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Victor Hugo once said, “The future has several names. For the weak, it is the impossible. For the fainthearted, it is the unknown. For the thoughtful and valiant, it is ideal.”

With the stock market holding on to its yearlong rally and investors coming in droves to seek your help, the future of the RIA business holds great promise for advisors, but it is far from “ideal.” Competition continues to grow, expenses are still rising, clients are more demanding, and the list of challenges goes on.

But as Hugo suggests, our perception of the future is a byproduct of our own strengths or weaknesses. As we approach a new year, the biggest strength you can have as an advisor is to have a solid business plan in place. Your plan should include, but not be limited to, the following essentials: financial management, staff relations, client acquisition, service offerings, technology, operations, succession planning, client relations, and investment management.

While each of these is important, we’ll focus on just two critical areas: business strategy and financial management, the cornerstones of every successful business plan.

Many advisors frown at the thought of creating a business plan. In fact, our multiyear research at AdvisorBenchmarking, in which we examined the best practices of more than 600 RIA firms, shows that less than 14% of all RIA firms have a written business plan. At the root of this tendency is the notion that many advisors still treat their firms as practices, not businesses–practices that don’t warrant setting goals and measures, instituting checks and balances, or even writing a business plan. But whether you call your firm a practice or a business, whether you’re a sole practitioner or a multipartner wealth management firm, it’s essential to define your firm’s strategic goals.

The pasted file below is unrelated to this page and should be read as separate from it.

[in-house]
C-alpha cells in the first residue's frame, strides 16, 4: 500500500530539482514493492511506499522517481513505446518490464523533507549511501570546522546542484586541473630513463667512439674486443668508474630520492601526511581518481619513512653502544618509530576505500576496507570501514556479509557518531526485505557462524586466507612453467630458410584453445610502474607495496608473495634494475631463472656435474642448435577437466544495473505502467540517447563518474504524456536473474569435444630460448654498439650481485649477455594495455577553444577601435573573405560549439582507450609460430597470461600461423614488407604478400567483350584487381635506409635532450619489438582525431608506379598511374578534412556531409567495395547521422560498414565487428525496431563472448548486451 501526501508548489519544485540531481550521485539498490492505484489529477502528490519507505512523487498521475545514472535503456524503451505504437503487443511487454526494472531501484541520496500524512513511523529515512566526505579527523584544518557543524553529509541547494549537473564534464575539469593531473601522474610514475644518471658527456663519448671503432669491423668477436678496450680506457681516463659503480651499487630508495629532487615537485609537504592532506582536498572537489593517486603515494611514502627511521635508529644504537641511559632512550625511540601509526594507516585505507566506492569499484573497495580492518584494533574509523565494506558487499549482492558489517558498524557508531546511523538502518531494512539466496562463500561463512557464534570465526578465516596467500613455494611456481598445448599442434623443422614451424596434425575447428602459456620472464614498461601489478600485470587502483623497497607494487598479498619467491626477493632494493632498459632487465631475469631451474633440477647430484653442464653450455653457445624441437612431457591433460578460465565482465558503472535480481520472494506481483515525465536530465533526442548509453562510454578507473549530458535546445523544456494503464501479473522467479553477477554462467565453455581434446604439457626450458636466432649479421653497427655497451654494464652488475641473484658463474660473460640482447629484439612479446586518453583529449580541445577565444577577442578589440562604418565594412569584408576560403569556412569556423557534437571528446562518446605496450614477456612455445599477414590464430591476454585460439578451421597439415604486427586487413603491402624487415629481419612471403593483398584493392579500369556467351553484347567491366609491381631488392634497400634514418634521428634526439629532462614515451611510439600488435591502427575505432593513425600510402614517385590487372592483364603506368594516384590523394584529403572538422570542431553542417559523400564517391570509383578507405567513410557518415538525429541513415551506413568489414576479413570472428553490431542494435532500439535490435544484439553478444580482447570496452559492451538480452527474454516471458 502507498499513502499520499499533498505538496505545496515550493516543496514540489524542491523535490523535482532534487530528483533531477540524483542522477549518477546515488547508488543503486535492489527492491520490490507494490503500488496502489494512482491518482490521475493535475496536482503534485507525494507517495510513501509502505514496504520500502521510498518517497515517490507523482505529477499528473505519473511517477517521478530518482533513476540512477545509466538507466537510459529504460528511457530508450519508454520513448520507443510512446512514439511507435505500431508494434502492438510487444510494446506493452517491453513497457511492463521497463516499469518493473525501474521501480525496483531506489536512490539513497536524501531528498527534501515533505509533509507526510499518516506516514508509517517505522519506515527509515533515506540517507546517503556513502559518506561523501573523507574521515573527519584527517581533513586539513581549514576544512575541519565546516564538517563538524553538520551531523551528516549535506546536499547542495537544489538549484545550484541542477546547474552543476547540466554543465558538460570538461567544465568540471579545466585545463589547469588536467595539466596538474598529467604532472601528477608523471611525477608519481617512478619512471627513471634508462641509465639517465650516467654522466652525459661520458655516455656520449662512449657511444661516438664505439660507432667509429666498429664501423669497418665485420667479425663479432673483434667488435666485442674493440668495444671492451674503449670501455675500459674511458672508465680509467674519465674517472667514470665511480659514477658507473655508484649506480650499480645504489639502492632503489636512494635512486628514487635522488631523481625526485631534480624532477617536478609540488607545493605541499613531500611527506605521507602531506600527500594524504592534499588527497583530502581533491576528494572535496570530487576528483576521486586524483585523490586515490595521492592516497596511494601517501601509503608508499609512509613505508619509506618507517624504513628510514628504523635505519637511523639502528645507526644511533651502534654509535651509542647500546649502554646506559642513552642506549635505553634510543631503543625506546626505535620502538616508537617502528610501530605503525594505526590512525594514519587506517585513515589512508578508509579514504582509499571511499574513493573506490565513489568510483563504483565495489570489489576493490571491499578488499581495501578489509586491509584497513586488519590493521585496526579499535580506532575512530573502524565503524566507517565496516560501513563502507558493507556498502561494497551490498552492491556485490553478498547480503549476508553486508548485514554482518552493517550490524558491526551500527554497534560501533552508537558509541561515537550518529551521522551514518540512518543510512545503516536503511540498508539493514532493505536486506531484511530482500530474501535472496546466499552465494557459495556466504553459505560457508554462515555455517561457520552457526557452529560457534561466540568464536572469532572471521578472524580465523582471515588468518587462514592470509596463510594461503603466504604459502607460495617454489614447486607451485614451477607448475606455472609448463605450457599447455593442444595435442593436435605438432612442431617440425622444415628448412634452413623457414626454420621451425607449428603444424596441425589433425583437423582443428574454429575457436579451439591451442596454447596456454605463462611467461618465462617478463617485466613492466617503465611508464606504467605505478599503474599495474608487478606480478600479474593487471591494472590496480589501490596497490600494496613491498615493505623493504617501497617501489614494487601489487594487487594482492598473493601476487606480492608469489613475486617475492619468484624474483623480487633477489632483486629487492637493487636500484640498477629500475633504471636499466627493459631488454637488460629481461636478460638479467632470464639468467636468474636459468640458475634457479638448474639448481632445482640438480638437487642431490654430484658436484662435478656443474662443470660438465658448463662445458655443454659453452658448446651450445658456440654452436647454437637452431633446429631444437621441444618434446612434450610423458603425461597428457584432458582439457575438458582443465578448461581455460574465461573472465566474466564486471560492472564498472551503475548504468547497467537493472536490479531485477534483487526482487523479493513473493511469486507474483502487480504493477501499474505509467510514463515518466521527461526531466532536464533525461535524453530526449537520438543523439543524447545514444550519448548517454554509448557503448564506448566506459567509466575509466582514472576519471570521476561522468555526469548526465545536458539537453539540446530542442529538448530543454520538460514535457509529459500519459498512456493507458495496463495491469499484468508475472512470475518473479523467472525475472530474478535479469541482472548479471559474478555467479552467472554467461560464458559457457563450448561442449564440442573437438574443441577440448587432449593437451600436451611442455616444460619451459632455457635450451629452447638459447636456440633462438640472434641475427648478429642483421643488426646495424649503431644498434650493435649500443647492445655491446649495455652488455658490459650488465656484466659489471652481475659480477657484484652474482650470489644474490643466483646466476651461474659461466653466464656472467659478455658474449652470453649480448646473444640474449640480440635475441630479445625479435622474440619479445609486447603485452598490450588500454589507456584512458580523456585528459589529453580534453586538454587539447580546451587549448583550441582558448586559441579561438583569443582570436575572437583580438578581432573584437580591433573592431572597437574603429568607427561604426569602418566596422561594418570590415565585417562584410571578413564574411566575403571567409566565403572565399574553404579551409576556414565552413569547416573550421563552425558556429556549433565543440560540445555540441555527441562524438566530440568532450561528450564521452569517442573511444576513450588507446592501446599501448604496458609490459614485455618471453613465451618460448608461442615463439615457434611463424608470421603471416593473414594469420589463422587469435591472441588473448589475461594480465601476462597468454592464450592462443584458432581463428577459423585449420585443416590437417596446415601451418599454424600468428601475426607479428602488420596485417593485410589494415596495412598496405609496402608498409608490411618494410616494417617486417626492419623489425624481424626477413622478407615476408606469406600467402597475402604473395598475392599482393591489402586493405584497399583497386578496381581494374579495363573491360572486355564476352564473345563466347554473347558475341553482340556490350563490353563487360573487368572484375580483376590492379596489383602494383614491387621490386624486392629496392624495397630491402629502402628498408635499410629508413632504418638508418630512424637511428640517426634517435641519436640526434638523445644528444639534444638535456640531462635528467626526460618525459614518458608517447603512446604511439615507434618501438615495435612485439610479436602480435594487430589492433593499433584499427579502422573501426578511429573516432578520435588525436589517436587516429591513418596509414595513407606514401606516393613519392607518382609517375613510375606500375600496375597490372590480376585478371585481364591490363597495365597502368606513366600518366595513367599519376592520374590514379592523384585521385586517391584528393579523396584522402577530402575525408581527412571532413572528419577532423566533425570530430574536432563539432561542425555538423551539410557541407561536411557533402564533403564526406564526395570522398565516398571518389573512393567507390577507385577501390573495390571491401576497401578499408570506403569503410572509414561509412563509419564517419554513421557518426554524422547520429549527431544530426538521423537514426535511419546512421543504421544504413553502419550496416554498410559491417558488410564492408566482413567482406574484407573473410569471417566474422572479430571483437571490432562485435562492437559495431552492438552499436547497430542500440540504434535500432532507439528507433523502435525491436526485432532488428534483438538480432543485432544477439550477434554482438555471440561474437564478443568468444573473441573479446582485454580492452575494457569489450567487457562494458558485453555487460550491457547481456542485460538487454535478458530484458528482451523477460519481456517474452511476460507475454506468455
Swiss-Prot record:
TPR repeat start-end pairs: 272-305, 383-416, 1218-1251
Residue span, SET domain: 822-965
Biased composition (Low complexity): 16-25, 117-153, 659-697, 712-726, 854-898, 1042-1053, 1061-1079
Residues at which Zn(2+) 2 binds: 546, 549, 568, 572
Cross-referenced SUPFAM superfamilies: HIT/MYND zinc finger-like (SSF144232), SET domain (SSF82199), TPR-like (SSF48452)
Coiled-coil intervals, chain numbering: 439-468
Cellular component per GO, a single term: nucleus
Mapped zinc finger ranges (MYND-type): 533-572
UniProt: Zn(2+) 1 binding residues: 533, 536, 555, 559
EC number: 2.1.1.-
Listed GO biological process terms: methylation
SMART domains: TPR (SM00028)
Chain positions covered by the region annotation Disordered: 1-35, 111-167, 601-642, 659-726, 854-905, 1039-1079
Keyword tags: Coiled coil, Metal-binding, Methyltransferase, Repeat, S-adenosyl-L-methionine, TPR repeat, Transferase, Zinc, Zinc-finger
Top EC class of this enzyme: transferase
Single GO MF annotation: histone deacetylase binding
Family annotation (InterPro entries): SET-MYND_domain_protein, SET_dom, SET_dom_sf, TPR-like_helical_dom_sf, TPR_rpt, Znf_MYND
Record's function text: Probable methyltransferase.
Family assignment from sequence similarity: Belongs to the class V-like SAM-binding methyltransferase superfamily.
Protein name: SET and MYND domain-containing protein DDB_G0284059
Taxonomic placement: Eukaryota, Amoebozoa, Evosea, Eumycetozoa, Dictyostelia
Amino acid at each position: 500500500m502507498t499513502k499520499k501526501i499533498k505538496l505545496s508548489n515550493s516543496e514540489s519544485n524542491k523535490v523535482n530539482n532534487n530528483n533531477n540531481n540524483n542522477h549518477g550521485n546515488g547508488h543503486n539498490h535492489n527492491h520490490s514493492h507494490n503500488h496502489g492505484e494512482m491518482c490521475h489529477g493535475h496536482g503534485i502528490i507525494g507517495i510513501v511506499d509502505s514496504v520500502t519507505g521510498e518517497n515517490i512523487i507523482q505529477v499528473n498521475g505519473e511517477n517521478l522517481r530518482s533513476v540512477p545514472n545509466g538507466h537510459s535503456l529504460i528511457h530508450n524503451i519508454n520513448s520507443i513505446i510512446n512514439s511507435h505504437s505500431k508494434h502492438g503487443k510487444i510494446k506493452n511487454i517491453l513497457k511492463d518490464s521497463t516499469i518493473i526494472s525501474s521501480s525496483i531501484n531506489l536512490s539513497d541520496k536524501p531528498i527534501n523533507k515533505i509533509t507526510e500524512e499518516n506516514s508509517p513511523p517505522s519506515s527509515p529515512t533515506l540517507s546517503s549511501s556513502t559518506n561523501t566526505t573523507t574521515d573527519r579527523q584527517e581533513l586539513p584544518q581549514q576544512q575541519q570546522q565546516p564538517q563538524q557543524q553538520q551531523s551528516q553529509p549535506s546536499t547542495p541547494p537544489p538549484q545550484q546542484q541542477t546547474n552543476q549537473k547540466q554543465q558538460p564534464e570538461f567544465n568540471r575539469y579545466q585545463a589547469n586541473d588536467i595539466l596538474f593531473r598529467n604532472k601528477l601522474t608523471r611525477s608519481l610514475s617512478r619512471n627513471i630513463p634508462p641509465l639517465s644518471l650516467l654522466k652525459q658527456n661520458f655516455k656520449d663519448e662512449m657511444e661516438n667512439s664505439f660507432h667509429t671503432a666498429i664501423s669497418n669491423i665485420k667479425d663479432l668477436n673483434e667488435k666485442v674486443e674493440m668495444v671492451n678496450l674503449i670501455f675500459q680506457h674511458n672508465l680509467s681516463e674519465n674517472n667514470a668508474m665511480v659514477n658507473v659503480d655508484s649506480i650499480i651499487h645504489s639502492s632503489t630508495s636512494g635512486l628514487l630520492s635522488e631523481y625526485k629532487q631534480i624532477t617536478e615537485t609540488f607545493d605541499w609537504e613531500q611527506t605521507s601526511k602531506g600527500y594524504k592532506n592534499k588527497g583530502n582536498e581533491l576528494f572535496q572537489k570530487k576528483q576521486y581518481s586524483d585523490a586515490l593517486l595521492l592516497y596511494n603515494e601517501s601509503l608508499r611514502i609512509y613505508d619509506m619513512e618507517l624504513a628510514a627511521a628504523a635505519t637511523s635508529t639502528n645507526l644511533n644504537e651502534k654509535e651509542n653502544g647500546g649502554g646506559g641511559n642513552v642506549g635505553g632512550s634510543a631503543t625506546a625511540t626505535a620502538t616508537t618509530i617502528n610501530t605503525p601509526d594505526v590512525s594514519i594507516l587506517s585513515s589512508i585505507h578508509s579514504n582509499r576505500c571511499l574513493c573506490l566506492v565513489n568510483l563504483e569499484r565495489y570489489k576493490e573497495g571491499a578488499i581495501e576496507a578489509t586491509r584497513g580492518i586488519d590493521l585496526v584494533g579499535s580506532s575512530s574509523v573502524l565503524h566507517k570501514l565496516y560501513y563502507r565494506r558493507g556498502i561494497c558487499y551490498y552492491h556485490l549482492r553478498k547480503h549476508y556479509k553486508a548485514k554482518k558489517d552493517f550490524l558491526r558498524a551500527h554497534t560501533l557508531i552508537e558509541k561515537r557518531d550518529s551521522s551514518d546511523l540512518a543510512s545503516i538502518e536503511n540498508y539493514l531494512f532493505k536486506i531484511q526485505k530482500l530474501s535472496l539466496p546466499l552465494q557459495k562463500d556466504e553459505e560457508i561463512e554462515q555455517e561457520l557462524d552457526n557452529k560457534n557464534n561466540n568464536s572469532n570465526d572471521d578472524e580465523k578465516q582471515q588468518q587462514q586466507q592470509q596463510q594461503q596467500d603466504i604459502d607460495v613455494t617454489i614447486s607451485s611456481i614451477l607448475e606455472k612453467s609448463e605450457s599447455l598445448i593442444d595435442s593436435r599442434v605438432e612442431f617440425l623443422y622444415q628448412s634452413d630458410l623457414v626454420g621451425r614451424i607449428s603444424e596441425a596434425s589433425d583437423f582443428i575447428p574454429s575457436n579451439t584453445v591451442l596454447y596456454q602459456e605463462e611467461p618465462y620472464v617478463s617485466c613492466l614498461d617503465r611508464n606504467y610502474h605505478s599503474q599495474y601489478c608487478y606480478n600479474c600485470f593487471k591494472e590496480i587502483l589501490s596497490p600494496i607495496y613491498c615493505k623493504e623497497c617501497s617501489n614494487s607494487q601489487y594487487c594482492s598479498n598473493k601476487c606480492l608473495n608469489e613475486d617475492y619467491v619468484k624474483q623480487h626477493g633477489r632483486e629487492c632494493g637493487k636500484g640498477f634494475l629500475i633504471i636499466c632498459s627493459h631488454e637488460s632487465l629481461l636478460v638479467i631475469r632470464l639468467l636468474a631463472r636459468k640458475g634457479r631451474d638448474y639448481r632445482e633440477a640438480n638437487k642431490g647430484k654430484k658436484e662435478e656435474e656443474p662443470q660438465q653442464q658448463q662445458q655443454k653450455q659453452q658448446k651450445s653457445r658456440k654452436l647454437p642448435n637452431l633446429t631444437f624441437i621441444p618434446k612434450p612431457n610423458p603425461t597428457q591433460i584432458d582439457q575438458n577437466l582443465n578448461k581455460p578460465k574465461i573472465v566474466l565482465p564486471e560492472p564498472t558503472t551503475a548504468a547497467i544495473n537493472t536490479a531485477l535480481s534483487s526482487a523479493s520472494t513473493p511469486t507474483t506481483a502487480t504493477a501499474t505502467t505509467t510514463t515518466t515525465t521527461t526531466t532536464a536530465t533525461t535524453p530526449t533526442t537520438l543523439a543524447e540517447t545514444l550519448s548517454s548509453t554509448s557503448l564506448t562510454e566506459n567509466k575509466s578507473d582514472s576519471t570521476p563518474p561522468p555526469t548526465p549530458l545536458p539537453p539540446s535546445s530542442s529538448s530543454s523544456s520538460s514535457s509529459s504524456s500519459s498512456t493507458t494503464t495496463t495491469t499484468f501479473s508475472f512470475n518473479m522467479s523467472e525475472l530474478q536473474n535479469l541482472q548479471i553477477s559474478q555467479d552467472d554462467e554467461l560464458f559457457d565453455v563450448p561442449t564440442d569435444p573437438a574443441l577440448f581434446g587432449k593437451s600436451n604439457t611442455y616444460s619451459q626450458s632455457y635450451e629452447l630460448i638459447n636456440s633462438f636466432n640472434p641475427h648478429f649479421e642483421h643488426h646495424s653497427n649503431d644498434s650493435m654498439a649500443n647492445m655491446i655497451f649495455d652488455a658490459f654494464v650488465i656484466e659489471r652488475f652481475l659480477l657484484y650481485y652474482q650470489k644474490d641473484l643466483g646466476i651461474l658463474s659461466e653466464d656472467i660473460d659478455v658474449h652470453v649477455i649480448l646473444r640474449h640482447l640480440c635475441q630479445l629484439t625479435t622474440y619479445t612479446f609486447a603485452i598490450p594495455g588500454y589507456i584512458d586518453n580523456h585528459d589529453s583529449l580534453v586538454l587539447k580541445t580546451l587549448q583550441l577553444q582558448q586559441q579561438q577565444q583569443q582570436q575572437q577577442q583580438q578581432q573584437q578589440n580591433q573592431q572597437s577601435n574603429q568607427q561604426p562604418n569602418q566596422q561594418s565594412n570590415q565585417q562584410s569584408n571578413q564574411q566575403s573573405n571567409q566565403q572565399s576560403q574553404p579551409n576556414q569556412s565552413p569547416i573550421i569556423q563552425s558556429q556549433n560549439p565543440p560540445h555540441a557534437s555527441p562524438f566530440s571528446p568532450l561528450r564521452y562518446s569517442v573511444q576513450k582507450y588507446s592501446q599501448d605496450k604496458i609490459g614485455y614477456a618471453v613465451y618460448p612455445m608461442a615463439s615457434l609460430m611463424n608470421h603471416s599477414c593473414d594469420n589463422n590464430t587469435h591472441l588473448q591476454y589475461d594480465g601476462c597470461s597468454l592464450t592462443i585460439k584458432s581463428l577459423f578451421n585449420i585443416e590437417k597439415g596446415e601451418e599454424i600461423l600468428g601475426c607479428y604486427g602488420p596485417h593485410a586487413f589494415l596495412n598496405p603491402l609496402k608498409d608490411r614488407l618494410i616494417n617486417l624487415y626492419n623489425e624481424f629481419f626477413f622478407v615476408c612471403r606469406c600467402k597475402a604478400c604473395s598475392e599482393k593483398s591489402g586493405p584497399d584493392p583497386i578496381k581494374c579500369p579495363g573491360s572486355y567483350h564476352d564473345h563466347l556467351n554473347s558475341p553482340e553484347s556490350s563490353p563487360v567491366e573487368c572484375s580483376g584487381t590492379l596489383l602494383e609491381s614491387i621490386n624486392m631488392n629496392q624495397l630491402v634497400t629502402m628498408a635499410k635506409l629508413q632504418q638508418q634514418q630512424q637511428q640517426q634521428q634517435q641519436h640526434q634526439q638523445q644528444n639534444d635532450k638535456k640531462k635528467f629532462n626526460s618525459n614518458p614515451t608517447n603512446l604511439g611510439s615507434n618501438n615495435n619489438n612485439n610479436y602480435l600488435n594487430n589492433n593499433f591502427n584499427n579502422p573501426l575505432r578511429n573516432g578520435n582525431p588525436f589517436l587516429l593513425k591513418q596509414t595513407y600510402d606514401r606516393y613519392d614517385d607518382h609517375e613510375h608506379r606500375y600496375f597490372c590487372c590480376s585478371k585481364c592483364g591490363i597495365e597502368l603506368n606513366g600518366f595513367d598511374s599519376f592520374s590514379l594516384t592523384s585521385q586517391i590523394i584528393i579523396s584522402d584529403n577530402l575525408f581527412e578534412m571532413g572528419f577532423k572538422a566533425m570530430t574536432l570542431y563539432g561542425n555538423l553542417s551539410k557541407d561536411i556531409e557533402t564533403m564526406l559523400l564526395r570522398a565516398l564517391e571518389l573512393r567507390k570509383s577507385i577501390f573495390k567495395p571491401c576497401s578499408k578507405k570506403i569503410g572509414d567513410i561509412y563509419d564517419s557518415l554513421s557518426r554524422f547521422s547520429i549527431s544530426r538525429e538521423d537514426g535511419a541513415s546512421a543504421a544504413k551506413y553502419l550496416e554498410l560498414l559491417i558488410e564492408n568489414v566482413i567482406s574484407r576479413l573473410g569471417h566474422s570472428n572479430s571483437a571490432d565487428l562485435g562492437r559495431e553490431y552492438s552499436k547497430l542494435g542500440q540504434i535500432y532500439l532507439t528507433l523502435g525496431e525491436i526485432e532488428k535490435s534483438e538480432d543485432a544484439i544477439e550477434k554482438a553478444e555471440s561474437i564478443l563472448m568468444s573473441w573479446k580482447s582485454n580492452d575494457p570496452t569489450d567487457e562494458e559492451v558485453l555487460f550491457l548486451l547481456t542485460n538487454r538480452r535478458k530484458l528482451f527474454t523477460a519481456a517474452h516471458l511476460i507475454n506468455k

Define Your Strategy

Defining your business strategy doesn’t necessarily mean that you have a clear vision of where you want to be in, say, seven years, although it’s helpful to formulate an ideal future. Questions you should consider when creating your business strategy include:

o Do we want to remain a planning-focused firm with a retainer/fee revenue model?

o Do we want to add more wealth management services to our existing service lineup?

o Do we really need more clients, or should we focus on capturing more assets from our existing clientele?

o Can we go it alone, or do we need partners or even acquirers?

o Should we offer different levels of service for different types of clients?

The above questions are not exhaustive, but they do illustrate the difference between questions asked to determine strategic goals versus quotidian ones. The latter would include decisions such as “Should we switch our financial planning software?” The software you use is an operational issue that, while crucial, does not affect your firm’s overall strategic direction.

So now that we agree on what strategic business goals should encompass, let’s take a look at a step-by-step approach to help you define and create your firm’s business strategy.

1) Identify your firm’s capabilities. This should be relatively easy: List the products and services you offer and the strengths your firm has. Let’s name our hypothetical firm ABC Advisors. ABC’s stated strengths might read like this: “Our firm has a seasoned staff of CPAs and attorneys providing our clients with top- notch estate planning and tax services,” or “We provide various investment models suitable for many types of investors,” or “We have solid relationships with other professionals providing us with a steady flow of client referrals.” Make sure not to confuse your capabilities with your differentiators. Your capabilities do not have to be unique to your firm. They are likely to be available at other RIA firms. Your objective is to draw a picture of what your firm offers now and how well you offer it. A typical firm’s capabilities matrix would cover the areas of investment management, wealth management services, staff structure, client acquisition, tenure, operational efficiency, and so forth.